53. What can I do about climate change AND lead?

  54. The Need for Expert Clinical Assessments in Diagnosis Of Heavy Metal Poisoning

  55. Why you should have your ceiling dust removed before you have insulation installed

  56. Thirty Thought-Starters on Ceiling Void Dust in Homes

  57. Pectin: Panacea for both lead poisoning and lead contamination

  58. Nutrients that reduce lead poisoning June 2010

  59. Lead poisoning and menopause

  60. Fact sheet For Schoolkids From Professor Knowlead About Lead

  61. Prevention of Exposure to Lead at Work in Indonesia

  62. Mencegah kontak dengan timbal di tempat kerja di Indonesia

  63. How to Protect Your Family from Lead in Indonesia

  64. Bagaimana melindungi keluargamu dari timbal di Indonesia

  65. Cigarette Smoking & Lead Toxicity
     صحيفة معلومات: التدخين والتسمم بالرصاص

  66. Medical Evaluation Questionnaire For Occupational Lead Exposure

  67. Dangers of a blood lead level above 2 µg/dL and below 10 µg/dL to children

  68. Dangers of a blood lead level above 2 µg/dL and below 10 µg/dL to adults

  69. Biosolids used as fertilizer in China and other countries

  70. What are the lead poisoning risks of a lead pellet, bullet or shot lodged in the body?

  71. Alcohol’s link to higher lead and iron levels

  72. USA Case Definition of Adult (including Occupational) & Child Elevated Blood Lead Levels (EBLL)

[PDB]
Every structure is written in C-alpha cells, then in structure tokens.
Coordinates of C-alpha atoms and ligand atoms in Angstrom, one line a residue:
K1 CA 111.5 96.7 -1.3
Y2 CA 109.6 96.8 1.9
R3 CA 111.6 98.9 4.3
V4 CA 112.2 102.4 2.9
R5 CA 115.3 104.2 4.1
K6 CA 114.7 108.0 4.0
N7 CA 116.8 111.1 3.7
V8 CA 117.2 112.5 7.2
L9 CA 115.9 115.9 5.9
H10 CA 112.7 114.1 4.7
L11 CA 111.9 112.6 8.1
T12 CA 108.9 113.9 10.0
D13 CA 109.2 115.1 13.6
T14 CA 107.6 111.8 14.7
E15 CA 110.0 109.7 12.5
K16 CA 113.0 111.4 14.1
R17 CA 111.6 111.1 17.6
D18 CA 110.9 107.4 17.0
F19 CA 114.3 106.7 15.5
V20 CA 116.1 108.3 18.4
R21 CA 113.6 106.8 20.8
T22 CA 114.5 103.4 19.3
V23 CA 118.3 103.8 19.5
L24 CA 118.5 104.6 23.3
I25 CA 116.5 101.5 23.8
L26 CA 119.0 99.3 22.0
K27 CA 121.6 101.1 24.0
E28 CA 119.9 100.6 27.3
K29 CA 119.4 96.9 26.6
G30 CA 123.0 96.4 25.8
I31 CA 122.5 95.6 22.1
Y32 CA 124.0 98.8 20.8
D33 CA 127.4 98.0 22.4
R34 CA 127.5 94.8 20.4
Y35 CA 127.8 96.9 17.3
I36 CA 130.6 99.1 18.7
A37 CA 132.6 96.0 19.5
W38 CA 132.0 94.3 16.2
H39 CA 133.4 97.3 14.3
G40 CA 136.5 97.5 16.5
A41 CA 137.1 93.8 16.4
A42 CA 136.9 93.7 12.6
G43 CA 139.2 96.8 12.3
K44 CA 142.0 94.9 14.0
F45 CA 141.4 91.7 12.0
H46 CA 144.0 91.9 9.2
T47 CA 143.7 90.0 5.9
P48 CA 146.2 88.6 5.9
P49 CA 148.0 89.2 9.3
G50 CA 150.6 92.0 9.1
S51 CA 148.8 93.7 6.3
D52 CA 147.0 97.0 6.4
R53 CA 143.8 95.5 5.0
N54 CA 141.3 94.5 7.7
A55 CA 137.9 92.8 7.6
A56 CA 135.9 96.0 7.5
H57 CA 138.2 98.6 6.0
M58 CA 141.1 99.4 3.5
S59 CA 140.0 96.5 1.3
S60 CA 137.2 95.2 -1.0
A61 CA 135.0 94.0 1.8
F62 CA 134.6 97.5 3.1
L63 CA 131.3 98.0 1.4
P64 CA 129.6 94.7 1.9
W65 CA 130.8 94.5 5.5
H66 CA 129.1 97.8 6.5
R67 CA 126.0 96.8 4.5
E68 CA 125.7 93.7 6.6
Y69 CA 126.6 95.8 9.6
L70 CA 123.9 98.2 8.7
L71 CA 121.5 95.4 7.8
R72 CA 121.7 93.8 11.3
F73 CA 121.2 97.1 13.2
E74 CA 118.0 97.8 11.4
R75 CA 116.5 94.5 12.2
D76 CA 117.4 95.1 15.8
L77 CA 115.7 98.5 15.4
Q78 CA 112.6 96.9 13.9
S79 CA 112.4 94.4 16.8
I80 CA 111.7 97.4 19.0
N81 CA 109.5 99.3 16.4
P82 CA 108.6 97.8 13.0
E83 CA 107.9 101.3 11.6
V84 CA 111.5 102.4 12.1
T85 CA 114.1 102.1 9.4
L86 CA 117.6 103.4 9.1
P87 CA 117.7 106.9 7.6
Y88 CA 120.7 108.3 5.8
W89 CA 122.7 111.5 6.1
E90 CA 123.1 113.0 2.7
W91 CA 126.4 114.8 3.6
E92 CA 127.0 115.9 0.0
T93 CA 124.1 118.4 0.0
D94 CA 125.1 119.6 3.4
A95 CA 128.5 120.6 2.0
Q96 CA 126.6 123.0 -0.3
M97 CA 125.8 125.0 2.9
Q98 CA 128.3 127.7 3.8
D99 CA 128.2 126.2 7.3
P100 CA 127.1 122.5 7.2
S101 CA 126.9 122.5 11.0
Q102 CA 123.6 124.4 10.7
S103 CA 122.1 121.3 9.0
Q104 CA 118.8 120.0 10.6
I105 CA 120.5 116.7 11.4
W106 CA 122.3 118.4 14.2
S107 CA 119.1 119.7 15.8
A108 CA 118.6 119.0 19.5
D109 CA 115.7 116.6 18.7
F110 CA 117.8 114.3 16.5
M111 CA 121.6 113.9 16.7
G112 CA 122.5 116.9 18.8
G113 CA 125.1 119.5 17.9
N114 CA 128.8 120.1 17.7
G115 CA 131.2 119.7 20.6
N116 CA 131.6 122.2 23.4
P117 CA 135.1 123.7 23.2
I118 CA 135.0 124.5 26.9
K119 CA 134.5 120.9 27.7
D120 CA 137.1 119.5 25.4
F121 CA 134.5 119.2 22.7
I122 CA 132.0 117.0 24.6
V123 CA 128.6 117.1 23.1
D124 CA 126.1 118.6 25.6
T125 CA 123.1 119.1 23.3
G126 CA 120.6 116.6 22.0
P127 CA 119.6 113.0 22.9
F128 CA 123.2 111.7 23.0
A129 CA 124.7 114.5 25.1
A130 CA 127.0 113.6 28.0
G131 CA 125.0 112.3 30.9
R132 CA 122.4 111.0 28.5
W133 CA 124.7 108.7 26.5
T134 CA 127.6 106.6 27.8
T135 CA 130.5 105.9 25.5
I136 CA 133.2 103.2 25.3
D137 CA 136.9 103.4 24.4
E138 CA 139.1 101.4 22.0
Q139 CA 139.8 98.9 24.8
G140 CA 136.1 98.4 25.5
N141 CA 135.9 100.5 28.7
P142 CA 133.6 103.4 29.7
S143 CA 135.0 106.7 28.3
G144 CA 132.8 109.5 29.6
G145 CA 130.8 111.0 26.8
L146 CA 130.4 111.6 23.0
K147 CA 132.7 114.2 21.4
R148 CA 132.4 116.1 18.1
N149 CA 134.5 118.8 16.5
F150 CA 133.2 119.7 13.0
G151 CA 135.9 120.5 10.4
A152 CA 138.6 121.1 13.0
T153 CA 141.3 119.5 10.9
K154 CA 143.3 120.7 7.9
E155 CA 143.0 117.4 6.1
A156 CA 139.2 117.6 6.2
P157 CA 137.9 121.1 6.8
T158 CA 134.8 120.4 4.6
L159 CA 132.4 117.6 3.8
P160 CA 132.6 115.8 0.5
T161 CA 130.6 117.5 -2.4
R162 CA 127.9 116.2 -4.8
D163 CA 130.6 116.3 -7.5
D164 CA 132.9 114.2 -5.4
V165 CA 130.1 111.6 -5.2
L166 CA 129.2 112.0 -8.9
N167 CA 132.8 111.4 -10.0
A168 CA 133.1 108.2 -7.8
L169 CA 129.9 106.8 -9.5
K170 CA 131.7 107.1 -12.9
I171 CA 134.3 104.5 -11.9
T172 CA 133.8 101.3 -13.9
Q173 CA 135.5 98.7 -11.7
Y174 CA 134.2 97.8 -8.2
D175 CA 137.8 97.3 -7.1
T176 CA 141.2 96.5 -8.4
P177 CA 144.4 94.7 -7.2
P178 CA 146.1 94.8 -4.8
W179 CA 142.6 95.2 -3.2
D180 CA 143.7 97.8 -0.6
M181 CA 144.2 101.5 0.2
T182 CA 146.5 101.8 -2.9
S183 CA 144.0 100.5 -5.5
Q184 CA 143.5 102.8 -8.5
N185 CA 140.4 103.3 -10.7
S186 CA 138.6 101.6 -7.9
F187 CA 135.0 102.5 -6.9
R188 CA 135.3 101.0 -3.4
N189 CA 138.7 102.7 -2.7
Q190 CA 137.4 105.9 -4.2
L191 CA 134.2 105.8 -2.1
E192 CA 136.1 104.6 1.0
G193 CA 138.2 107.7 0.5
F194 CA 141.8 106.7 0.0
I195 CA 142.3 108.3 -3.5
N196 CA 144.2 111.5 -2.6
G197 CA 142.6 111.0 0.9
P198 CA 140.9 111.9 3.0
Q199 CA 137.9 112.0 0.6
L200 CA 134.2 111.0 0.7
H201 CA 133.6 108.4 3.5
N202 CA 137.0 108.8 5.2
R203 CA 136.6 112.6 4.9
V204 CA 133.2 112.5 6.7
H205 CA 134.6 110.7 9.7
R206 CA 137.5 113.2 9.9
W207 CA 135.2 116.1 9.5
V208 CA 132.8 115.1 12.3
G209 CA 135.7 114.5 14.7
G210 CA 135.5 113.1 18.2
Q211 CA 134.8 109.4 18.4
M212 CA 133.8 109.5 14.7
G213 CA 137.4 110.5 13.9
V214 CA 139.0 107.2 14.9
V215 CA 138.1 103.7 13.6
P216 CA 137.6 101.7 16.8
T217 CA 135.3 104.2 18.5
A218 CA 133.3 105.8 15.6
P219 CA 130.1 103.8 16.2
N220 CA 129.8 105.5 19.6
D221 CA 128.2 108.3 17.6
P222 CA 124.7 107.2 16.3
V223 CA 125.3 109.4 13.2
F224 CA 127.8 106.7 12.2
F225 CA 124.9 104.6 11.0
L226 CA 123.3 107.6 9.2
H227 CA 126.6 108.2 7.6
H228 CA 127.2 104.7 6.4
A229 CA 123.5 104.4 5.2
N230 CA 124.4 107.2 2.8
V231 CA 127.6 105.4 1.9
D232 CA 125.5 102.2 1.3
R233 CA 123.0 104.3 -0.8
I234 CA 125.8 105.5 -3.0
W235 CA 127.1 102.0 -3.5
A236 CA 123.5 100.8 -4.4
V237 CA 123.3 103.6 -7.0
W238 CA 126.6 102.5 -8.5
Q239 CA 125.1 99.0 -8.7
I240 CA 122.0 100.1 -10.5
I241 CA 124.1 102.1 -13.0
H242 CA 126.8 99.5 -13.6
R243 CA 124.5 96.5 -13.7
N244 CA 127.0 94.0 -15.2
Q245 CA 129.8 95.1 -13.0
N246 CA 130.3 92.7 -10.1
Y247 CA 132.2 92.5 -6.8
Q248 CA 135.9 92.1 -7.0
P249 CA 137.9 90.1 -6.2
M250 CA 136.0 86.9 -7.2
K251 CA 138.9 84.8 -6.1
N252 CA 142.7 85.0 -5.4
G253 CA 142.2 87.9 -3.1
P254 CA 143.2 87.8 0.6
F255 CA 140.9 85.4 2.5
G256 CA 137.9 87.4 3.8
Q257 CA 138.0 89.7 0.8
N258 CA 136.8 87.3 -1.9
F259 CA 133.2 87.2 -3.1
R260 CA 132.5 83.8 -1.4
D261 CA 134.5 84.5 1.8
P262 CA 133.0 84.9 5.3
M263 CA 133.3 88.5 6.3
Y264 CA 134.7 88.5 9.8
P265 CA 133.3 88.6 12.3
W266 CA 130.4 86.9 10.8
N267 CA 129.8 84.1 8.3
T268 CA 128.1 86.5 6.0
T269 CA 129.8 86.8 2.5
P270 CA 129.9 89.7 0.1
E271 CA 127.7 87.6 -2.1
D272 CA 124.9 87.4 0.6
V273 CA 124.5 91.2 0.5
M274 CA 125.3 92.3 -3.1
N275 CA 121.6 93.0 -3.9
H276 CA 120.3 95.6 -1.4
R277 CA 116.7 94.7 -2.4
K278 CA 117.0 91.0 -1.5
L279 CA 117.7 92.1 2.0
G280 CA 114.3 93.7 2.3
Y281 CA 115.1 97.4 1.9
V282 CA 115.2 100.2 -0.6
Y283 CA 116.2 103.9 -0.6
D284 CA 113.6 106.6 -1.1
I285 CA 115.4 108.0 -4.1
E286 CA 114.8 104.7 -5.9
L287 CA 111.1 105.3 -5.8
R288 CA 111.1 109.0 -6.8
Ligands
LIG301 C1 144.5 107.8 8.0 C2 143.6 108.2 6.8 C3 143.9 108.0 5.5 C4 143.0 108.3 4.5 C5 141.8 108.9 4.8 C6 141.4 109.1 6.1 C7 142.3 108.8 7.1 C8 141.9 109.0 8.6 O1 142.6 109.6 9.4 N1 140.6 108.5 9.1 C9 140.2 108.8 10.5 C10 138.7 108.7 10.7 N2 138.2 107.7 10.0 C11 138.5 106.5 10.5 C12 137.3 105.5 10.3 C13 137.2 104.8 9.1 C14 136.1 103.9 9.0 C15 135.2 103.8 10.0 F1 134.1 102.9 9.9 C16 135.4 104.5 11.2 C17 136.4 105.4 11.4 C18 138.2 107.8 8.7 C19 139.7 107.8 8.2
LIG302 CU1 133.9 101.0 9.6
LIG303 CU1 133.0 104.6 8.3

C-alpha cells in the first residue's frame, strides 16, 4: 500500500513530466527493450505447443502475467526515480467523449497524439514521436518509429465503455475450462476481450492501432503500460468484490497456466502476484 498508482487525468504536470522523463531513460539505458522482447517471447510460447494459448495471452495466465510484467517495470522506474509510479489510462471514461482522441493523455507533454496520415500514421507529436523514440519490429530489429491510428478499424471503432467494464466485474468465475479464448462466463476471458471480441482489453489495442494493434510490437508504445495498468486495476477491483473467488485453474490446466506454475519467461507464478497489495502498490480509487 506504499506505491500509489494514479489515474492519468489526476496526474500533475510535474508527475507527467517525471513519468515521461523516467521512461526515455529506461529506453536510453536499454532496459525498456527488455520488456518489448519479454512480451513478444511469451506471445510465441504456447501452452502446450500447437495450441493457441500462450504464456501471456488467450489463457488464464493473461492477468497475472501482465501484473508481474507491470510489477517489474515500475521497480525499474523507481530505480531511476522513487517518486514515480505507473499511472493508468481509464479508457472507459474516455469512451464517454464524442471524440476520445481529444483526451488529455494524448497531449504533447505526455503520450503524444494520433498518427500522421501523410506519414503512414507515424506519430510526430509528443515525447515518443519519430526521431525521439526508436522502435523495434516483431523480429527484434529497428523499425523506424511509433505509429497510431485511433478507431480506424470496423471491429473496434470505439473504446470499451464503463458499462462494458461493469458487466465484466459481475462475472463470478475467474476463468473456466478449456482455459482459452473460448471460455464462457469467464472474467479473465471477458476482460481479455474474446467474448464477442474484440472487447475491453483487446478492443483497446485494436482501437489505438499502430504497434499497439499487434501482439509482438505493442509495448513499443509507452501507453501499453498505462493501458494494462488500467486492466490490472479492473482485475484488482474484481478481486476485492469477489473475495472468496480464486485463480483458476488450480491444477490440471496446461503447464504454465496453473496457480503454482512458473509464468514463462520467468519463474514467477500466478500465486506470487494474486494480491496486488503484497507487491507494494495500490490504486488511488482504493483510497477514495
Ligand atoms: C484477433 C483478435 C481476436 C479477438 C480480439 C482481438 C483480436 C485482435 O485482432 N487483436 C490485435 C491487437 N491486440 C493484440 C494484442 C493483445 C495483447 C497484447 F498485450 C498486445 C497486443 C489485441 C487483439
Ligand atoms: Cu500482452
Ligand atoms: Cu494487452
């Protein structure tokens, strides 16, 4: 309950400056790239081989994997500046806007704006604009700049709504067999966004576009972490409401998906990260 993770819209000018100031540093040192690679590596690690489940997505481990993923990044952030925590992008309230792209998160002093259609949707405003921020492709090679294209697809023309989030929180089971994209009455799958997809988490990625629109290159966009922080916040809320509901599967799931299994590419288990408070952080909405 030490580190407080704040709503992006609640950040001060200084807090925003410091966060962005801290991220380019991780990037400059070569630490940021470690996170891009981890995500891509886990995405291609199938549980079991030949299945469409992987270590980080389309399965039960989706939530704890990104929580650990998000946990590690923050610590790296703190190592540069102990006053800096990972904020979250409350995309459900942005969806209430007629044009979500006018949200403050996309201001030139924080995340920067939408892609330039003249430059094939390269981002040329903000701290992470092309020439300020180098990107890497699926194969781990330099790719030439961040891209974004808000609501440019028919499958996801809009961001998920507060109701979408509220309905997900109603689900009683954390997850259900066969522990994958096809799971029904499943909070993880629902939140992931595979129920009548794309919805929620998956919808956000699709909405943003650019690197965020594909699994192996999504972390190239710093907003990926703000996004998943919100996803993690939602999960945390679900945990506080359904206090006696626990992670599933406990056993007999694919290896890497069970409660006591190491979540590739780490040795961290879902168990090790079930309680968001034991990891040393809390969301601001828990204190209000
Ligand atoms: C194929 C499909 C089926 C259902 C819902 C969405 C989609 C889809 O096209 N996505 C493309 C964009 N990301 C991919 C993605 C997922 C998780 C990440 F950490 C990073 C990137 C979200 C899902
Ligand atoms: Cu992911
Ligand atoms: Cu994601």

73. Low Level Lead Exposure Harms Children - A Renewed Call for Primary Prevention

  74. Occupational Health & Safety Fact Sheet Dangers of lead for roofers

  75. Let’s Make Leaded Petrol History - Let’s Make Leaded Gasoline History

  76. Lead, Your Health & the Environment. Available in Arabic, Chinese, English, Korean, Macedonian, Spanish, Turkish and Vietnamese 

  77. Lead Safe Housekeeping

  78. Old Lead Paint

  79. Working safely with lead

  80. A Renovator's Guide To The Dangers Of Lead (Brochure 30 pages)

  81. A Guide For Health Care Professionals (Brochure 34 pages)

  82. A Guide To Keeping Your Family Safe From Lead (Brochure 20 pages)

  83. Lead Hazard Management In Children's Services (Brochure 15 pages)

  84. A Guide To Dealing With Soil That Might Be Lead-Contaminated

  85. Exposure Assessment: Lead Neurotoxicity - Is the Center for Disease Control's goal to reduce lead below 10 µg/dl blood in all children younger than 72 months by 2010, good enough?